Congolese could be forced to repair ambassador’s Suburb home
The Democratic Republic of Congo could be forced to put its ambassador’s Hampstead Garden Suburb home in order - after it emerged the property is not protected by diplomatic immunity.
Squatters have occupied the Holne Chase residence for almost four weeks – a mere eight months after another group of squatters were evicted from the property.
The �4million house has fallen into disrepair, with boarded-up windows and rubbish spilling out of the ambassador’s home.
The Hampstead Garden Suburb Trust has refrained from taking action so far, working on the assumption that the house was protected under diplomatic immunity.
But the Foreign and Commonwealth Office has confirmed that the property is not a “diplomatic premises”.
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A spokesman said the ambassador’s principle residence and the embassy are the only premises classed as “sovereign territory”.
The Trust has passed the information onto its legal team and could ask the Congolese to repair the property.
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Failing that, the Trust could take on the work themselves and then bill the African state for the work, according to Trust sources.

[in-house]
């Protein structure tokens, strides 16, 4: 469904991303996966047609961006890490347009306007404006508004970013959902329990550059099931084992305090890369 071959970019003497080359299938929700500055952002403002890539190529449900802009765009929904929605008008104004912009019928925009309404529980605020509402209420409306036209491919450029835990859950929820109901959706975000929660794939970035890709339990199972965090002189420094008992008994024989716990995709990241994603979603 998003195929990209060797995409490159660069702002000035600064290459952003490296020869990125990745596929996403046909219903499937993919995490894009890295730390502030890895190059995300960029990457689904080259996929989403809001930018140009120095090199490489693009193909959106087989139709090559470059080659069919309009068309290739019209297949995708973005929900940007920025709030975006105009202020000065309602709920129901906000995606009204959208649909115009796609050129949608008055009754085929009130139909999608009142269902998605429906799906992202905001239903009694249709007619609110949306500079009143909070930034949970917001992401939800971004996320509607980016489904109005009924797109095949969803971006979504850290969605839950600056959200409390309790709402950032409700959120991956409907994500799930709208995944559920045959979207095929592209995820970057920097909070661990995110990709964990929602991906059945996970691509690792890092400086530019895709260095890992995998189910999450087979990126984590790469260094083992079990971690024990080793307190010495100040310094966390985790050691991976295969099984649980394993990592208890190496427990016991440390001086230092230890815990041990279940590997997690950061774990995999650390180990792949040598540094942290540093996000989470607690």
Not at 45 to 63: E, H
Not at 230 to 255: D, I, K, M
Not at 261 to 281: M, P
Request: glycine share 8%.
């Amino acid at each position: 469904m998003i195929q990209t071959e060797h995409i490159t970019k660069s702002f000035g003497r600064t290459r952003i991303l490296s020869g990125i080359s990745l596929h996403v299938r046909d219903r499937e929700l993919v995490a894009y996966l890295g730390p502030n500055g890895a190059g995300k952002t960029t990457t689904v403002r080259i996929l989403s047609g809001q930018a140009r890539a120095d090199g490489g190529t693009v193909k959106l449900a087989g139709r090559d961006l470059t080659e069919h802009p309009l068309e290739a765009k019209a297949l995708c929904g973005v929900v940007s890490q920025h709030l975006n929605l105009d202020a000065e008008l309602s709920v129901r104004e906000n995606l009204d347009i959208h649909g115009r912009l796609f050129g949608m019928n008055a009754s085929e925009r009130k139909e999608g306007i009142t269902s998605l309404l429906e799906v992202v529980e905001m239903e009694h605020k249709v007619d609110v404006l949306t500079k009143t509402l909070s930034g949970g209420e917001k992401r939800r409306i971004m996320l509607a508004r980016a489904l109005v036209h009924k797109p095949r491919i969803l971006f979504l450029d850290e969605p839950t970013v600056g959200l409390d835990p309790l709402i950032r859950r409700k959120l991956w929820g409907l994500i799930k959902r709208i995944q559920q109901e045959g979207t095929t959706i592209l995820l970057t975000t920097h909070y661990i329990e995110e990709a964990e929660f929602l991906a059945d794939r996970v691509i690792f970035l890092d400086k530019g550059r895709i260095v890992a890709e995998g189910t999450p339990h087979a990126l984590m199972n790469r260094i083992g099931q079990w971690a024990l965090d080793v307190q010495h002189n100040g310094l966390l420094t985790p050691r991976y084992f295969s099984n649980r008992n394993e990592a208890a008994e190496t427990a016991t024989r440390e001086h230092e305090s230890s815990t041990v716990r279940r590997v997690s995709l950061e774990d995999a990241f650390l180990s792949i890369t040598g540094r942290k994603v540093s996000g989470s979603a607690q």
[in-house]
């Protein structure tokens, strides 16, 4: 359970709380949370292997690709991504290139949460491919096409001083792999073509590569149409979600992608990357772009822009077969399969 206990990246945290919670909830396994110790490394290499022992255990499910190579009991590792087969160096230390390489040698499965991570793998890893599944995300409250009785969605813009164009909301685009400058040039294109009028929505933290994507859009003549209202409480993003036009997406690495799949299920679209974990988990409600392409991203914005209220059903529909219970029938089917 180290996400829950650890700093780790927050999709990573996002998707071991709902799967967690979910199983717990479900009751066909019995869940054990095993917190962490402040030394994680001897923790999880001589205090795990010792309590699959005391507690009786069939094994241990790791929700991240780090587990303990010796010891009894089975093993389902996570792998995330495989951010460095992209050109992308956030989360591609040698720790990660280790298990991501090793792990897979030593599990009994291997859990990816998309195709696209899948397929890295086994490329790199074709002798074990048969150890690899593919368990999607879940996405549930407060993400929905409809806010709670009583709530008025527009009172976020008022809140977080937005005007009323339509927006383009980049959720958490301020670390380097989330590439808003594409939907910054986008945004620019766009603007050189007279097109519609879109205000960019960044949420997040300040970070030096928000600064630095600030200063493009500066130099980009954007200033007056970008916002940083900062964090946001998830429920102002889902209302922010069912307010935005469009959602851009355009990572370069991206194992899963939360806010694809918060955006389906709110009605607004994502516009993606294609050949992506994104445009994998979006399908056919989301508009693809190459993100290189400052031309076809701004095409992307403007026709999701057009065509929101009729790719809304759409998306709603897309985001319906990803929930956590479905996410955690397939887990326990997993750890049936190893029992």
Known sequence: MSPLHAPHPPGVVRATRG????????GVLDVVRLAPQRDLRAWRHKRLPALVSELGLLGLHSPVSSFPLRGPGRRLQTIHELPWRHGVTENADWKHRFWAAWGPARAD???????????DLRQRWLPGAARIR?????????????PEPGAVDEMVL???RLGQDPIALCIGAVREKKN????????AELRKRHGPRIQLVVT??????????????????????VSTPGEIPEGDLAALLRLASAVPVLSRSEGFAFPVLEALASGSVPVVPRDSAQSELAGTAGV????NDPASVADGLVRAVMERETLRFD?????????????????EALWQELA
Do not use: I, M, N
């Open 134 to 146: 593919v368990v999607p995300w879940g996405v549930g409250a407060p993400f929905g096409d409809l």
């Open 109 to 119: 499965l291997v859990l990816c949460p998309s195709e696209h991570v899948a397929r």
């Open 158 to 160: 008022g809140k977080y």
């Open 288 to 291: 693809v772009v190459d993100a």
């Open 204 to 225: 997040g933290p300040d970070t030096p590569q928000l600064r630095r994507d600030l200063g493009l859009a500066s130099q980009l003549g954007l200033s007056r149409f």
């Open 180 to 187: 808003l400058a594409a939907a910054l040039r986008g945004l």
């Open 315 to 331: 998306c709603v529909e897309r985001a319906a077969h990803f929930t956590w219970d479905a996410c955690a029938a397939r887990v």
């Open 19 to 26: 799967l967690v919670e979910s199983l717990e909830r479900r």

A spokesperson for the Foreign Office said: “The house is owned by Congo. We do not regard the property as ‘diplomatic premises’. Action can be taken.
“We have asked the Congolese embassy what their plans are and requested that they co-operate with the authorities.”
The Congolese embassy was not available for comment.
A neighbour, who claims to have contacts at the Democratic Republic of Congo’s London embassy, said he believes the property is set to be refurbished, despite the home lying empty since 2006.
Next-door neighbour Elissa Bennett, who is bed-bound, said she feared for her safety and complained that the squatters were stacking bags of rubbish against her home.
The 90-year-old, who has lived in the property for 50 years, said she has laid down rat poison to stop the spread of vermin.
“I feel it’s a health hazard,” she said. “It’s never been this bad before and the only thing we’re allowed to do is put rat poison down on our own premises. I would like to see the premises emptied because the place is in a dreadful state.”
A woman, who is squatting in the house, spoke from a first-floor window and said: “We are just living here. If the neighbours are concerned they can come and talk to me, so that’s it.”